C2 Core UCORE model MIEM Anti-Submarine Warfare (ASW) COI Blue Force Tracking (BFT) C2 Interoperability Group CBRN Coalition C2 Interoperabilty (Coal C2) Common Sensor GEOINT Standards COI (GWG COI) Global Force Management (GFM) GPS Based Positioning Navigation Timing Service Integrated Fires Joint Air and Missile Defense Joint Air Track (JAT) Joint Electronic Warfare Data Standardization Joint Targeting Intelligence (JTI) Maritime Domain Awareness Meteorology-Oceanography (METOC) Mine Warfare Symbology (SYM) Undersea Warfare XML (usw-xml) CNDE model Users of these different models believe their model is the best for many purposes, in many cases overlapping purposes. NIEM GML Sensor ML Transducer ML a smattering – see notes for short descriptions JC3IEDM (STANAG 5525) C2 Core – Command and Control Core – in development at JFCOM (again) UCORE – Universal Core -- -- a simplified “digest” of structured data with metadata and a COI-specific “structured payload” for information exchange across DoJ, DHS, IC, and DoD MIEM – Maritime Information Exchange Model – relevant to MDA-related missions CNDE – Consolidated Net-centric Data Environment -- -- formerly the JTM data model and currently the model for CANES NIEM – National Information Exchange Model -- – relevant to MDA-related missions GML -- Geography Markup Language -- Adopted by NGA as their standard for geospatial and imagery data dissemination. Sensor ML – Sensor Markup Language – Transducer ML – Transducer Markup Language -- JC3IEDM -- Joint Command, Control, and Consultation Information Exchange Model NATO standard for coalition C2 information exchange VMF – Variable Message Format – TADIL-J – Tactical Action Data and Information Link -- CoT – Cursor On Target implemented by many smaller systems A “Common” Data Model Has Not Worked Mandating “common” is problematic: Ignored, e.g., DoD Data Admin policy and “Corporate Information Management” -- rescinded in favor of current “market-driven” strategy; SECNAVINST , Or complied with at great cost in terms of $’s, rqmts-to-deploy time, and interoperability One size rarely fits all, e.g., normalization is good for transactions, bad for mining A rational basis for model determination seems better COI Name Mission Anti-Submarine Warfare (ASW) COI to implement ASW Data Strategies and Open Architecture principles in support of DoD and Navy goals. The ASW COI has data responsibilities related to the Battlespace Awareness, Command & Control, Force Application and Force Protection Domains within the Warfighter Mission Area (WMA). COIs with associated interests include MASINT, METOC, Mine Warfare and Maritime Domain Awareness. Data sharing and interoperability with US Coast Guard and coalition forces are key components of effective ASW warfighting. Blue Force Tracking (BFT) Develop and provide a BFT Information Exchange Standard that facilitates BFT across Joint and Allied/Coalition forces to effectively ensure that data is visible, accessible, trusted, understandable and in accordance with the DoD Net-Centric Data Strategy and Directive C2 Interoperability Group The mission of the Command and Control Interoperability Group (CIG) is to manage the US-JC3IEDM standard. The CIG will capture US requirements, and develop and maintain US extensions, a set of specifications, a common implementation, and other products in support of the US-JC3IEDM. In addition the CIG will interface with other C2 interoperability groups to identify common technical issues and develop common solutions, when possible. The CIG will assist in coordinating the interoperability of US C2ISR at the strategic, operational and tactical levels. CBRN Coalition C2 Interoperabilty (Coal C2) The aim of the Coalition C2 is to achieve international interoperability of Command and Control Information Systems (C2IS) at all levels from corps to the lowest appropriate level, in order to support multinational, combined and joint operations and the advancement of digitisation in the international arena, including NATO. The Army wants to comprehenvisely manage the development and growth of Coaliton C2 Interoperability efforts. Common Sensor To serve as the focal point for Common Sensor PED Development; National Signatures Program; Common Sensor PED Customer Outreach; Common Sensor Metadata, Product Standards, and Portal; Common Sensor policy; Common Sensor related issues pertaining to Electro-Optical, Radar, CBRNE, Radio-Frequency, Seismic, Acoustic, Magnetic, Infrasonic, Laser, SAR, Spectral, Thermal, Biometrics; Common Sensor Testing & Evaluation GEOINT Standards COI (GWG COI) The GWG supports the ITSC in the configuration management of GEOINT standards within the DISR. Additionally, the GWG provides a standards-focused forum that the NSG community can use as a means to exchange and communicate issues regarding GEOINT standards requirements, development, implementation, and conformance. The GWG recommends GEOINT standards for data, systems, and their interfaces to ensure interoperability with DoD and non-DoD systems. The GWG serves as a community-based forum to advocate for Information Technology (IT) standardization activities related to GEOINT. In this capacity, the GWG supports the Director of the National Geospatial-Intelligence Agency (NGA) in carrying out GEOINT functional manager responsibilities for standards. The GWG performs two major roles: 1) as a technical working group (TWG) of the ITSC, with all the responsibilities of an ITSC member and, 2) as a coordinating body for the GEOINT community to address all aspects of GEOINT standards. Through the GWG, community consensu Global Force Management (GFM) GFM is a process that enables insight into global availability of US forces, and provides a means to assess risks associated with proposed allocation, assignment and apportionment. GFM data will be transparent, universal and accessible on demand in a net centric environment.Global Force Management requires the implementation of a common force structure, for which there are three key elements. 1. A joint hierarchical way to organize force structure data for integration across Service-lines, known as the Force Structure Construct (FSC). 2. Force structure data that is rigorously specified via a GFM Information Exchange Data Model and its semantics unambiguously defined so that sophisticated computer programs can economically exploit it via the net-centric data strategy. 3. A common naming convention and data tagging technology, known as Enterprise Wide Identifiers (EWIDs), that must be accepted and used across DoD (including adoption by future Joint systems such as DRRS, DIMHRS, and Blue Force Tracker), with th GPS Based Positioning Navigation Timing Service - GPNTS To provide Positioning, Navigation and Timing (PNT) solutions to afloat combat systems. Integrated Fires Fires Knowledge Network (FKN) is for all Fire Support and Field Artillerymen no matter where their mission may take them. This site is dedicated to linking the operational forces to the Field Artillery Center and to each other while providing a One-Stop Shop for all Fire Support and Field Artillery professional knowledge. Joint Air and Missile Defense Develop a common vocabulary, based on required capabilities and associated functions, for defining Joint AMD-specific data that must be shared among Joint, Interagency and Multinational (JIM) AMD platforms in the execution of the AMD mission, as well as the data required to support future AMD capabilities. Provide a resource to the Air Defense and Missile Defense Namespace Managers to ensure that AMD-specific metadata stored in those Namespace repositories are consistent with the common AMD vocabulary and harmonized with associated metadata from within their respective Namespaces as well as other associated COI's supporting Namespaces within the DoD Registry. Enable the discovery, posting, and subscription to Air and Missile Defense-specific data by all organizations associated with the DoD in accordance with the DoD Network Centric Data Strategy. Joint Air Track (JAT) Develop the collaborative environment of users, data sources, and services that supports exposure of air track data. Joint Electronic Warfare Data Standardization To establish a collaborative effort to ensure mutual concurrence in the review, standardization, and formal registration of Joint Electronic Warfare data elements with the Defense Information Syatems Agency (DISA). Joint Targeting Intelligence (JTI) Joint targeting intelligence to support deliberate planning and ultimately execution. COI Products: Targeting tables in MIDB, Joint Targeting Database (JTDB), Joint Target Materials Program, Joint Targeting Toolbox (JTT), Military Targeting Committee (MTC), Joint Targeting Automation Steering Group (JTASG), Targeting Issues Working Group (TIWG), Combat Assessment Working Group (CAWG), DIAI 57-24, Schema sets for target folders, target lists etc. Maritime Domain Awareness MDA COI is a new initiative to standardize data for Maritime Domain Awareness. It is composed of a steering committee and four working groups. Tasks for the COI working groups are to: define/implement high level COI Capability Roadmap; synchronize COI products with JCIDS and Mission Areas; develop shared vocabulary in accordance with DoD Net-Centric Data Strategy; develop repeatable processes; and to facilitate service implementation. Meteorology-Oceanography (METOC) Improve the interoperability, standardization and usage of METOC data, products and value-added net-centric services for the Joint Warfighter. * Provide a dynamic, authoritative, collaborative forum for establishment of DoD standards associated with Joint METOC information and services. * Improve joint usage and availability of meteorological, oceanographic (METOC) and space environmental architectures. * Define standards for METOC data, algorithms & model applications, and associated METOC interfaces to the GIG. * Manage the METOC XML Namespace within the MDR and de-conflict XML components across the other community namespaces. * Identify and develop METOC COI-specific services that embody CES tenants. * Provide one authoritative venue for the standardization of Joint METOC data, products and services. COI Product: The Joint METOC Conceptual Data Model(JMCDM) is the foundation for METOC information, implemented through the JMBL interface (Joint METOC Broker Language) as the single, web-enabled request and re Mine Warfare provide a location for creation and sharing of data to be used in the Mine Warfare arena Symbology (SYM) To develop and maintain Joint Warfighting Symbology MIL-STD-2525, for interoperability among C2 systems. Undersea Warfare XML (usw-xml) Create\assemble a common XML vocabulary to facilitate the establishment of coherent battlespace visualization capabilities for network-centric undersea warfare. VMF (MS 6017) TADIL-J (MS 6016) Cursor On Target Like diverse languages, there is a high cost to learn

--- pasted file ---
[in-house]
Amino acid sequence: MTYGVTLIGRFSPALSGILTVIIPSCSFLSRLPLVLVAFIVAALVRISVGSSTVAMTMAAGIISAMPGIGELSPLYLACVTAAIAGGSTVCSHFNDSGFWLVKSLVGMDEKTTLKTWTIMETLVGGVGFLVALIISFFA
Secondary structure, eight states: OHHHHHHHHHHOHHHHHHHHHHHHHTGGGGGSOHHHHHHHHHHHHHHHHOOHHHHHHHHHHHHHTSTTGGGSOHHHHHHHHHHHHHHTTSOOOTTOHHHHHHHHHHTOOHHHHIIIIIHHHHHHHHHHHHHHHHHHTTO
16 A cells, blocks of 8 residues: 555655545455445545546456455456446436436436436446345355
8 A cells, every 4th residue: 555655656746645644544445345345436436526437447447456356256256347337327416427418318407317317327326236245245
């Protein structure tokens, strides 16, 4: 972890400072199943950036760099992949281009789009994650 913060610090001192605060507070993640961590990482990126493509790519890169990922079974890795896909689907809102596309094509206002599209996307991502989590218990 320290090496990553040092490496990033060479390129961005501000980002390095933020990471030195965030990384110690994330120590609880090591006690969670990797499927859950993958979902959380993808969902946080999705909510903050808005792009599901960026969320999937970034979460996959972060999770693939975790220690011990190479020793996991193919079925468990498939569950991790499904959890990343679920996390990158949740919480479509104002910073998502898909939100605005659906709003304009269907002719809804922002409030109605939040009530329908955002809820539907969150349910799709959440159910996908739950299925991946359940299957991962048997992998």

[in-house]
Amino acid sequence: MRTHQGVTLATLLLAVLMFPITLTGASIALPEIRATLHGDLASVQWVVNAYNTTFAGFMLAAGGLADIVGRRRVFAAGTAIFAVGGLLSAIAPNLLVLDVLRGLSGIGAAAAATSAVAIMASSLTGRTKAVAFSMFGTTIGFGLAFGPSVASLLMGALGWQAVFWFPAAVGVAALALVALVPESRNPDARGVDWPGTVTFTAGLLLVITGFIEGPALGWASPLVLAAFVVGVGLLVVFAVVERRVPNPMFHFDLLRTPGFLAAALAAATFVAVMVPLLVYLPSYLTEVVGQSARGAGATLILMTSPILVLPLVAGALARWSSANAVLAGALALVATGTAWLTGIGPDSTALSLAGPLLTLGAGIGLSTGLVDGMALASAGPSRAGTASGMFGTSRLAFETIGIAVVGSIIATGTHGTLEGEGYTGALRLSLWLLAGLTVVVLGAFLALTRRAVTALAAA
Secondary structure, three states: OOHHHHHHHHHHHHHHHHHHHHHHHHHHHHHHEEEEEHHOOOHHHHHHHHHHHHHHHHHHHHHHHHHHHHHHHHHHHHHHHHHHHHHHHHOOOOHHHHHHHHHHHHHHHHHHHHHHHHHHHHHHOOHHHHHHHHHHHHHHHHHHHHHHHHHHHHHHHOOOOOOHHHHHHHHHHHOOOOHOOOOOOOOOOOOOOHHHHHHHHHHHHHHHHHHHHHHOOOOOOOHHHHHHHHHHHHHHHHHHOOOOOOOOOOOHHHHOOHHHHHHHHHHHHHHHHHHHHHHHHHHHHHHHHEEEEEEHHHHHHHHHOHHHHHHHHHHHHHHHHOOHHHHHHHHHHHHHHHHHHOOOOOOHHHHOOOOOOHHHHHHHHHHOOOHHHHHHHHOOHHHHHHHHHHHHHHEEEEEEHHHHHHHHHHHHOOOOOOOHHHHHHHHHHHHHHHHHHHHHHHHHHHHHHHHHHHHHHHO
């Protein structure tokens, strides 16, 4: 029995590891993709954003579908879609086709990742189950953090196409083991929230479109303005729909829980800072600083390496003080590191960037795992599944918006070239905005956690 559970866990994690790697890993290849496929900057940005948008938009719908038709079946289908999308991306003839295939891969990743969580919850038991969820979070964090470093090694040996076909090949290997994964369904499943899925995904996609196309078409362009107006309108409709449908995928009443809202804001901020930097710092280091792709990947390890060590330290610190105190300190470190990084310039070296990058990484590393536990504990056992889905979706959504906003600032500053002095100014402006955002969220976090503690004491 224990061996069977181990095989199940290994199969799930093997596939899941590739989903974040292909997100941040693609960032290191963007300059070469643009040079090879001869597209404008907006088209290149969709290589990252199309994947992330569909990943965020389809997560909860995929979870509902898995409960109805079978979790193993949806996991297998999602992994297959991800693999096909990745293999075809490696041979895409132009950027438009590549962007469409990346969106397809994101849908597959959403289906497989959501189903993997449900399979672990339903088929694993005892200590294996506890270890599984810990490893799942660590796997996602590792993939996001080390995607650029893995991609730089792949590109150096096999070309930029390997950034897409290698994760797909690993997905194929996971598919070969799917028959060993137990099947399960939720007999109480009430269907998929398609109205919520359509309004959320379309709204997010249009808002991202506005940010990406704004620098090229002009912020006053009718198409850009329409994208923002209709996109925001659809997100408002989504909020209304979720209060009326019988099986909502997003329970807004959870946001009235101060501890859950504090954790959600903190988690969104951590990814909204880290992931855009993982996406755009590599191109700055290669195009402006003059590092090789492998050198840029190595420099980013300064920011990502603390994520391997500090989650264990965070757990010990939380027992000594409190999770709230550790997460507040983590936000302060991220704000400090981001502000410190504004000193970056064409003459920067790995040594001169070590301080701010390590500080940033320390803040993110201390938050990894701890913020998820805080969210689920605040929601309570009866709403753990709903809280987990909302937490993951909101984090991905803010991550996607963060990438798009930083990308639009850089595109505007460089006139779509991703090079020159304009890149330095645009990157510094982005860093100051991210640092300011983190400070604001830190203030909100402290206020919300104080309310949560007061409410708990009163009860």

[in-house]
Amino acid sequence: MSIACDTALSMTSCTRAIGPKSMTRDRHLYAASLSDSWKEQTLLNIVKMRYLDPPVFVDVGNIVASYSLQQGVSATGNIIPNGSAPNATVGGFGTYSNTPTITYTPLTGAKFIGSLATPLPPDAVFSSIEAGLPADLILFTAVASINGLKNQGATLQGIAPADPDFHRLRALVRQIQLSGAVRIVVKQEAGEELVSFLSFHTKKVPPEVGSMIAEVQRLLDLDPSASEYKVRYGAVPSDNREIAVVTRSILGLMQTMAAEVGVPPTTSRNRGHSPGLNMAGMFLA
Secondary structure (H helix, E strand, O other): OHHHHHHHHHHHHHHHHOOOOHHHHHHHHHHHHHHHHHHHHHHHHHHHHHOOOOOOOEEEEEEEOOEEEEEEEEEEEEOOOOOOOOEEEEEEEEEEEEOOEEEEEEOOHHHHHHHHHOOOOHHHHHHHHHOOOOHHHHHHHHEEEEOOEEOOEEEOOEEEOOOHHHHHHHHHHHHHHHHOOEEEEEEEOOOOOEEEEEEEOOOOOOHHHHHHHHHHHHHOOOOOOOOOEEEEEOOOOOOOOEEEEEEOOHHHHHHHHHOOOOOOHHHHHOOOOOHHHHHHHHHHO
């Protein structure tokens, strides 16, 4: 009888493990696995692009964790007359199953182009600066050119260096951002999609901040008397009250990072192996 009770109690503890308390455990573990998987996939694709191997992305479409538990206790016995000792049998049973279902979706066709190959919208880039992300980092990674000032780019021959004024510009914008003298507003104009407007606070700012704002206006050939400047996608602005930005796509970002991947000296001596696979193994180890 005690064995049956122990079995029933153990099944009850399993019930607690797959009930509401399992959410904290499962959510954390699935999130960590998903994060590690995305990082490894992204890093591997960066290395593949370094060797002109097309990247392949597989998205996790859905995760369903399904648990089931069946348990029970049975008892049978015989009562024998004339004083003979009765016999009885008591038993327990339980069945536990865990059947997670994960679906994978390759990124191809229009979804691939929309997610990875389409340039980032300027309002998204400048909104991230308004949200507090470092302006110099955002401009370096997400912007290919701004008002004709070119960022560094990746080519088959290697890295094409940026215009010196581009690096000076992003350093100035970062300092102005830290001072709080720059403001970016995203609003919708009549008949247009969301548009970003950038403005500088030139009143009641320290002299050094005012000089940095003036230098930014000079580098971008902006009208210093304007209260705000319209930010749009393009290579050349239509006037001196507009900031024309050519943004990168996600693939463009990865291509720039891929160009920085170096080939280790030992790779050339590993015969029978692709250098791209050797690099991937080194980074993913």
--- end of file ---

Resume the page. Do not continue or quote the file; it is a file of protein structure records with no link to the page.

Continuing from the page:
13 Some real-world and costly results of this practice